( Star Tribune )- President Bush heads to Europe today to try to rescue the faltering mission in Afghanistan, and key NATO allies plan to meet his demands for more forces with modest troop increases, though not by as much as U.S. military officers say is needed to put down a stubborn Taliban insurgency.
France has signaled it will announce at this week's NATO summit that it will send another 1,000 troops to Afghanistan, while Britain plans to send about 800 more and Poland has already promised another 400. Germany and others refuse to contribute additional ground forces, and the United States may have to increase its own commitment to make up the shortfall, U.S. and European officials and analysts said.
The friction over force levels underscores a philosophical divide between the United States and its allies over the best approach in Afghanistan more than six years after U.S.-led forces toppled the Taliban government -- and, more broadly, over the future of the NATO alliance. The summit in Bucharest that opens Wednesday will also test the allies over issues such as NATO enlargement, missile defense and the relationship with an increasingly muscular Russia.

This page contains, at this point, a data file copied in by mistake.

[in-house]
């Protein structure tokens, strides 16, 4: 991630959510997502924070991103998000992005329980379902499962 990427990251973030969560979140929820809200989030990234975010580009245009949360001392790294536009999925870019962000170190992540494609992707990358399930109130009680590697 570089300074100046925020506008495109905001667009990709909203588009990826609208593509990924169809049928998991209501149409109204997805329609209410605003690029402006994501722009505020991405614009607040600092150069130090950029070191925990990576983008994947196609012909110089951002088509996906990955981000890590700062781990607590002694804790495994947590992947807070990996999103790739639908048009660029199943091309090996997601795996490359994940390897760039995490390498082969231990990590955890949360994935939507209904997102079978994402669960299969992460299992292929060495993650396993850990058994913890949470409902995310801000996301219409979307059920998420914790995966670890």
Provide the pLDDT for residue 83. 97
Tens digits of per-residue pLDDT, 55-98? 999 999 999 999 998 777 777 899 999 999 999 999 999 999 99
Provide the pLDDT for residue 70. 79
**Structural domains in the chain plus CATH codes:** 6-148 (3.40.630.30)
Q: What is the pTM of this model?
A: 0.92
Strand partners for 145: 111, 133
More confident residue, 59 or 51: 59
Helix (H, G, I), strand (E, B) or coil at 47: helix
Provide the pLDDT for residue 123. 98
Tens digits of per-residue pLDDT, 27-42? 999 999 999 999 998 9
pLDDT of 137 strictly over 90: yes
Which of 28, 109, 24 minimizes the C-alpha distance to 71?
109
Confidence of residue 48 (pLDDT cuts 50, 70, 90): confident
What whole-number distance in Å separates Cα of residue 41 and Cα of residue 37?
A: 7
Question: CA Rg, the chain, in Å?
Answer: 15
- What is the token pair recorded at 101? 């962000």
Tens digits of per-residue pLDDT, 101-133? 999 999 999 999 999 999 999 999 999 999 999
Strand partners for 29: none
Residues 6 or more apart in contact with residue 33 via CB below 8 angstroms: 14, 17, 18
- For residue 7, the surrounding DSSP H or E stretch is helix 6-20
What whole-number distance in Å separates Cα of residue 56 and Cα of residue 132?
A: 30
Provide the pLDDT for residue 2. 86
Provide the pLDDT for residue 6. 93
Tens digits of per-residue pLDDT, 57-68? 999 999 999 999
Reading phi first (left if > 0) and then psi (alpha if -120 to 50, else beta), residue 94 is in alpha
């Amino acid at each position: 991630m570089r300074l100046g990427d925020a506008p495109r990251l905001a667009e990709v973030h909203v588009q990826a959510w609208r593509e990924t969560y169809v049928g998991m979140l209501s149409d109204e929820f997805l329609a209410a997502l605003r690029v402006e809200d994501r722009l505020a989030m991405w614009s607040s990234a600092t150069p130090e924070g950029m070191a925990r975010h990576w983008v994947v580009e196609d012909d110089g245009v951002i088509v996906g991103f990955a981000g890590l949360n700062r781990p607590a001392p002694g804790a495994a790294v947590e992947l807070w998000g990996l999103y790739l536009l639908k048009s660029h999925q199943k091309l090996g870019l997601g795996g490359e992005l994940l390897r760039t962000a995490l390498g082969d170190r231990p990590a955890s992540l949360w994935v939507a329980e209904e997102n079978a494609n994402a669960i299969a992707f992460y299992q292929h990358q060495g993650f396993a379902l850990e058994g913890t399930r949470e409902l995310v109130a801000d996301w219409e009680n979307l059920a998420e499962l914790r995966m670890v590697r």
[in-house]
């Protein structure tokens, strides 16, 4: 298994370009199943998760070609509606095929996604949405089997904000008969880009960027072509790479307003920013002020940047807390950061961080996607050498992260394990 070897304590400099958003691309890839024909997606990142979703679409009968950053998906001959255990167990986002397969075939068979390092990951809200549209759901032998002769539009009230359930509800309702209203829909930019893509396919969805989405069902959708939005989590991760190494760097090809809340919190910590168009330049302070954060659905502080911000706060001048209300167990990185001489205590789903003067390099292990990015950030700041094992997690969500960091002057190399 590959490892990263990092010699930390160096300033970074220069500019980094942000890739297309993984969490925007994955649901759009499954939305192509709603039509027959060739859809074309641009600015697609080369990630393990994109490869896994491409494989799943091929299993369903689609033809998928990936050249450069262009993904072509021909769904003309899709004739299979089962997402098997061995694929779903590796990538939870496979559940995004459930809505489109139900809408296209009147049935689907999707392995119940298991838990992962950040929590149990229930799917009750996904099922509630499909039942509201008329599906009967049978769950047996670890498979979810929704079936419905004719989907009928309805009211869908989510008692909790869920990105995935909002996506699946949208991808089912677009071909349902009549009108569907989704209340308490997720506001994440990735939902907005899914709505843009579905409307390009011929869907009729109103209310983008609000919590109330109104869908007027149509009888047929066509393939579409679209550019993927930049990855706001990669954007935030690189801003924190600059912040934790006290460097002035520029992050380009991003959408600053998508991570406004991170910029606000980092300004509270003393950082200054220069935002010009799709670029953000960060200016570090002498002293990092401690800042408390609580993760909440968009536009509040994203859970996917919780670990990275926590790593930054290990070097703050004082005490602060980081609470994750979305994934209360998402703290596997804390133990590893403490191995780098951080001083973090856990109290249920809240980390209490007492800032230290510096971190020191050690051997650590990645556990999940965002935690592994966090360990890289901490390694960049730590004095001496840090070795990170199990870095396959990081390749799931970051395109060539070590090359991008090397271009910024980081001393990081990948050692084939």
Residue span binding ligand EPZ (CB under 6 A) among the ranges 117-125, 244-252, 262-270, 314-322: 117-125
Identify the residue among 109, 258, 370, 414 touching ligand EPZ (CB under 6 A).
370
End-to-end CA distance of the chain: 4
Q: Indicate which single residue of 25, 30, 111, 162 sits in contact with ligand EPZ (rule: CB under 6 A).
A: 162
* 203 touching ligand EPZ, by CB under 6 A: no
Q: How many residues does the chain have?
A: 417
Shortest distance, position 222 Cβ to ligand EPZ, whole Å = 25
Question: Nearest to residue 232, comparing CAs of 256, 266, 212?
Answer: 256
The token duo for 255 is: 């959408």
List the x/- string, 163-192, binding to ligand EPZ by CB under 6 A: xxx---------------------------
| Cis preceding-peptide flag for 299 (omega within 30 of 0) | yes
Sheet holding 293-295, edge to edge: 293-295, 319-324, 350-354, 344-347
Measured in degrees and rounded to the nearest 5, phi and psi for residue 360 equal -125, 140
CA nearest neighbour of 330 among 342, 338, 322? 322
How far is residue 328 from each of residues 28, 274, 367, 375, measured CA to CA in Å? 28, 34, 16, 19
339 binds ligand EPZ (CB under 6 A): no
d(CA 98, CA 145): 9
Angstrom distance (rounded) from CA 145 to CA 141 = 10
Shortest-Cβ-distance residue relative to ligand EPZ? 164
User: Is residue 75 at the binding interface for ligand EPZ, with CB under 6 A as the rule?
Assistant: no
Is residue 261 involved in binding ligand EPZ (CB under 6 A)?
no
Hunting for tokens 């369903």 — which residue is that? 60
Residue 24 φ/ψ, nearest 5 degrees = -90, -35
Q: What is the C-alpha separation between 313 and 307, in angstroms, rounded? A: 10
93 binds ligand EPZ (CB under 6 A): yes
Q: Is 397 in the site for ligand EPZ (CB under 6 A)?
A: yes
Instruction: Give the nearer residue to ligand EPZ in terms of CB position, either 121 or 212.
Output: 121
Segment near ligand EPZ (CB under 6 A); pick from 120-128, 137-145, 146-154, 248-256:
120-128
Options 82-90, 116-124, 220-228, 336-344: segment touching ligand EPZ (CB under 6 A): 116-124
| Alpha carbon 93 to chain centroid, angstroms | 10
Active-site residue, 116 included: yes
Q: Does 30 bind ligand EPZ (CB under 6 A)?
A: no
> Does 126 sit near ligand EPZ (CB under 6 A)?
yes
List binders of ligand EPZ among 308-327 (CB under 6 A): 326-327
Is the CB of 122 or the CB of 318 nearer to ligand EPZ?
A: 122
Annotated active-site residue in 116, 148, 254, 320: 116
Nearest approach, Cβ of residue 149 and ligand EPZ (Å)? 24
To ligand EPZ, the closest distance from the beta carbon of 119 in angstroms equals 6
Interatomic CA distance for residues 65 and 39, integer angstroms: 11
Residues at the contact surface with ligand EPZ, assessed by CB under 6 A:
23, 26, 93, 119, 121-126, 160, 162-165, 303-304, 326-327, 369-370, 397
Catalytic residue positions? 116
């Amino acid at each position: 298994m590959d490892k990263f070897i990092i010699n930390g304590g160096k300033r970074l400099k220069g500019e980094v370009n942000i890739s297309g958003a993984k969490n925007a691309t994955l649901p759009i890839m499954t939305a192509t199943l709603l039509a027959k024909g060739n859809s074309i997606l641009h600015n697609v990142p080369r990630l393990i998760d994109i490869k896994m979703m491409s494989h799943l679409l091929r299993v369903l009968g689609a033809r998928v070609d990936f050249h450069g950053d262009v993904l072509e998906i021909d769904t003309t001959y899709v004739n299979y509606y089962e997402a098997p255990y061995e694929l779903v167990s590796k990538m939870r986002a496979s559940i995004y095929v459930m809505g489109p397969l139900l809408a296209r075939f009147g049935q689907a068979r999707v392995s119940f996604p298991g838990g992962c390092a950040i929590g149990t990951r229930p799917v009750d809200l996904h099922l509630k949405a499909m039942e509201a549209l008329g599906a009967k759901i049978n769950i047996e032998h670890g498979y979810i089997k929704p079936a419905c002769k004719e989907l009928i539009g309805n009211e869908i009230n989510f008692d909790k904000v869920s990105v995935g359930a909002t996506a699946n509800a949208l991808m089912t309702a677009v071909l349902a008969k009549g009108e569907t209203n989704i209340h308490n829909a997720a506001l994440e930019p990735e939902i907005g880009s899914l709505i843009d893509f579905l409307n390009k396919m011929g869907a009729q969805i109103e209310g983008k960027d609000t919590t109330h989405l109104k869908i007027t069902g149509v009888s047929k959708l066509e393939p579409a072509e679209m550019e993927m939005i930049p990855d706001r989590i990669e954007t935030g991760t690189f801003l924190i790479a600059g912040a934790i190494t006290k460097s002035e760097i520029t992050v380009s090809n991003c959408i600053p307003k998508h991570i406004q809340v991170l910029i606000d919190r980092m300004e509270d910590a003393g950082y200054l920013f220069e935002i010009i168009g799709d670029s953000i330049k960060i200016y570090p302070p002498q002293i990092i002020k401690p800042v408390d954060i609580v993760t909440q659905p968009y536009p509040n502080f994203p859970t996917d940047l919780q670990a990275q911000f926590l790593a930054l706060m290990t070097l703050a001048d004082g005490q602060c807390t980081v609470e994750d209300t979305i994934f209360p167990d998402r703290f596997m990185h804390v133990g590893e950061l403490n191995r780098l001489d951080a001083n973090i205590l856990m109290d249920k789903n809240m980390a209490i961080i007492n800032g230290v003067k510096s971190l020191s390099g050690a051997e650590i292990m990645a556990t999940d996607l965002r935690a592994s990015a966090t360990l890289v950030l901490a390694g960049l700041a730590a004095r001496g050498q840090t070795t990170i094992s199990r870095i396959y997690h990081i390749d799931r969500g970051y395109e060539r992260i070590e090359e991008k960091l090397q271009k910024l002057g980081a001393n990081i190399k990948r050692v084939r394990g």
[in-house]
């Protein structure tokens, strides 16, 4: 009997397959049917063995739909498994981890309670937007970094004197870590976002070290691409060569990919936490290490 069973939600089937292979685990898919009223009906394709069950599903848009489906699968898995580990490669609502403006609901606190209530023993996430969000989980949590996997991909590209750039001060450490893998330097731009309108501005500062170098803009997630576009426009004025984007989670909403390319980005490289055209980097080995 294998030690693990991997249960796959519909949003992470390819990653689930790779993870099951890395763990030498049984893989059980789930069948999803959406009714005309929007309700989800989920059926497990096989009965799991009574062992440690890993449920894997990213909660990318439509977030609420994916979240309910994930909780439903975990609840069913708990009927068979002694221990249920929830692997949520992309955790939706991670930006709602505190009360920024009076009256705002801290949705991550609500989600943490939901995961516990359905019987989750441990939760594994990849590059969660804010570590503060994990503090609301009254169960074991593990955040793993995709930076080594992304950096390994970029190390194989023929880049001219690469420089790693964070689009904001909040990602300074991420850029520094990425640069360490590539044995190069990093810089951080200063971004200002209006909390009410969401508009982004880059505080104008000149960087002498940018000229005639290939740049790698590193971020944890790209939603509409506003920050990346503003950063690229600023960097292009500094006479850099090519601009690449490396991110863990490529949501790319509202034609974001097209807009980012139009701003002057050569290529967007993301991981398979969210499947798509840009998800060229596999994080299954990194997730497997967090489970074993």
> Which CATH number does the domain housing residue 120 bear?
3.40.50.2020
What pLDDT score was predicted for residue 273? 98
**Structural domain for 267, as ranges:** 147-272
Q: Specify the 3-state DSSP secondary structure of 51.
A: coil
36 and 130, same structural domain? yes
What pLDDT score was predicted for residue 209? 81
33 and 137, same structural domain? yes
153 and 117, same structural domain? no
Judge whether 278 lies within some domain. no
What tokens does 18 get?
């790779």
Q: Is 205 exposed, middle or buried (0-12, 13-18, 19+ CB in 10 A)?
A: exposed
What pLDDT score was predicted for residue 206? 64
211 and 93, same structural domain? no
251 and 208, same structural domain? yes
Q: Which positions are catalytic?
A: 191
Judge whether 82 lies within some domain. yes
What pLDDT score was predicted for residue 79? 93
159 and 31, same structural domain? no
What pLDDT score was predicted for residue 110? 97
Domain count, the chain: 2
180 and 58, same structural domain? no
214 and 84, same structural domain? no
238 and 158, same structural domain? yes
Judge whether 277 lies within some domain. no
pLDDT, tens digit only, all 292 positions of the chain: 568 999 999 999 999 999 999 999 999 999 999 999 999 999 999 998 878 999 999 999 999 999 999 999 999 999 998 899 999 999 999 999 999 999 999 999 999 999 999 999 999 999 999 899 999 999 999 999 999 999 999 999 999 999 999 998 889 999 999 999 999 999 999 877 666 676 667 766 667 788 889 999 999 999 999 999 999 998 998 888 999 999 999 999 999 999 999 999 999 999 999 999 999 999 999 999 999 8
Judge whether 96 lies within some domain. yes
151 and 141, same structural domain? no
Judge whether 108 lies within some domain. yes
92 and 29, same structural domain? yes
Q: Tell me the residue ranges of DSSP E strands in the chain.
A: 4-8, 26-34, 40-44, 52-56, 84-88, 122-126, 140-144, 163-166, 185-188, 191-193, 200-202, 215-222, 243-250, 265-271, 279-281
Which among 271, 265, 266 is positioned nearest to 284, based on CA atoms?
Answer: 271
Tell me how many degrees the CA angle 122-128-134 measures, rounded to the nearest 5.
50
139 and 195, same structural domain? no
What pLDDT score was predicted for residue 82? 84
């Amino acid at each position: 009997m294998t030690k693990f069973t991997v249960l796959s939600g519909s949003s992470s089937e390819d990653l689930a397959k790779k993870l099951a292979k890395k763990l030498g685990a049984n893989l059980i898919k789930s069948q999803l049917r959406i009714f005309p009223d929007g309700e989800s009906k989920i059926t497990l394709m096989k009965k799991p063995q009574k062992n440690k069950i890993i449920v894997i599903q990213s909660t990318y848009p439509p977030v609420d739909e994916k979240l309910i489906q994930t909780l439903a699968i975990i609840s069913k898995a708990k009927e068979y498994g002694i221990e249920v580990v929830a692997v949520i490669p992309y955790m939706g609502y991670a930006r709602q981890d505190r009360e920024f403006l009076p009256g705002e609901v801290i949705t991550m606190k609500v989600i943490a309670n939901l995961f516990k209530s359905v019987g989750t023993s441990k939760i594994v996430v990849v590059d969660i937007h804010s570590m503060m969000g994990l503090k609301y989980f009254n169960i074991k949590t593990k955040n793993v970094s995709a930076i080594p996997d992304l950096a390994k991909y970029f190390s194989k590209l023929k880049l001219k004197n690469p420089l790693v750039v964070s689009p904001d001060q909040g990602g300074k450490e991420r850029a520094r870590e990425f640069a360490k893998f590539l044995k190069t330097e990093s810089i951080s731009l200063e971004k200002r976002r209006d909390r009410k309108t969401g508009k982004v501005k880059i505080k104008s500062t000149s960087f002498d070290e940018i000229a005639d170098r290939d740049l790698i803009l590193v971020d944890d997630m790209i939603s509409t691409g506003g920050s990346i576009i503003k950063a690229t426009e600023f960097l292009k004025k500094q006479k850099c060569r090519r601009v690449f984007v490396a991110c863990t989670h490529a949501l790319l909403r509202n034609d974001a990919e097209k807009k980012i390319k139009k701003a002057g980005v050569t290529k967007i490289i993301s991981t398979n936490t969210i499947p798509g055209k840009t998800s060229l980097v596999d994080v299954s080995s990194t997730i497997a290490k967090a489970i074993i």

Nothing on the agenda is more important to Bush's legacy than turning Afghanistan around. "It's very clear that we all need to do more," national security adviser Stephen Hadley said last week. "The president's message is going to be one of the importance of success in Afghanistan, the need for all countries to make it a priority, the need for us to develop a more integrated strategy for success and the need for all of us to do more."
Gen. Dan K. McNeill, top commander of the NATO-led international force, has already sent the alliance a similar message in starker terms: Provide more troops or accept a longer war. "I'd like the NATO allies and their non-NATO partners in this alliance to properly resource this force," he said in a recent interview at his headquarters in Kabul.
McNeill estimated that it will be necessary to maintain at least the current foreign force level in Afghanistan -- now about 55,000, including 27,000 U.S. troops among NATO and non-NATO forces -- for at least three to five years until Afghan security forces are ready to take over. It will take that long for Afghan forces to obtain the airplanes, helicopters and other logistical support they need to be fully independent, he said.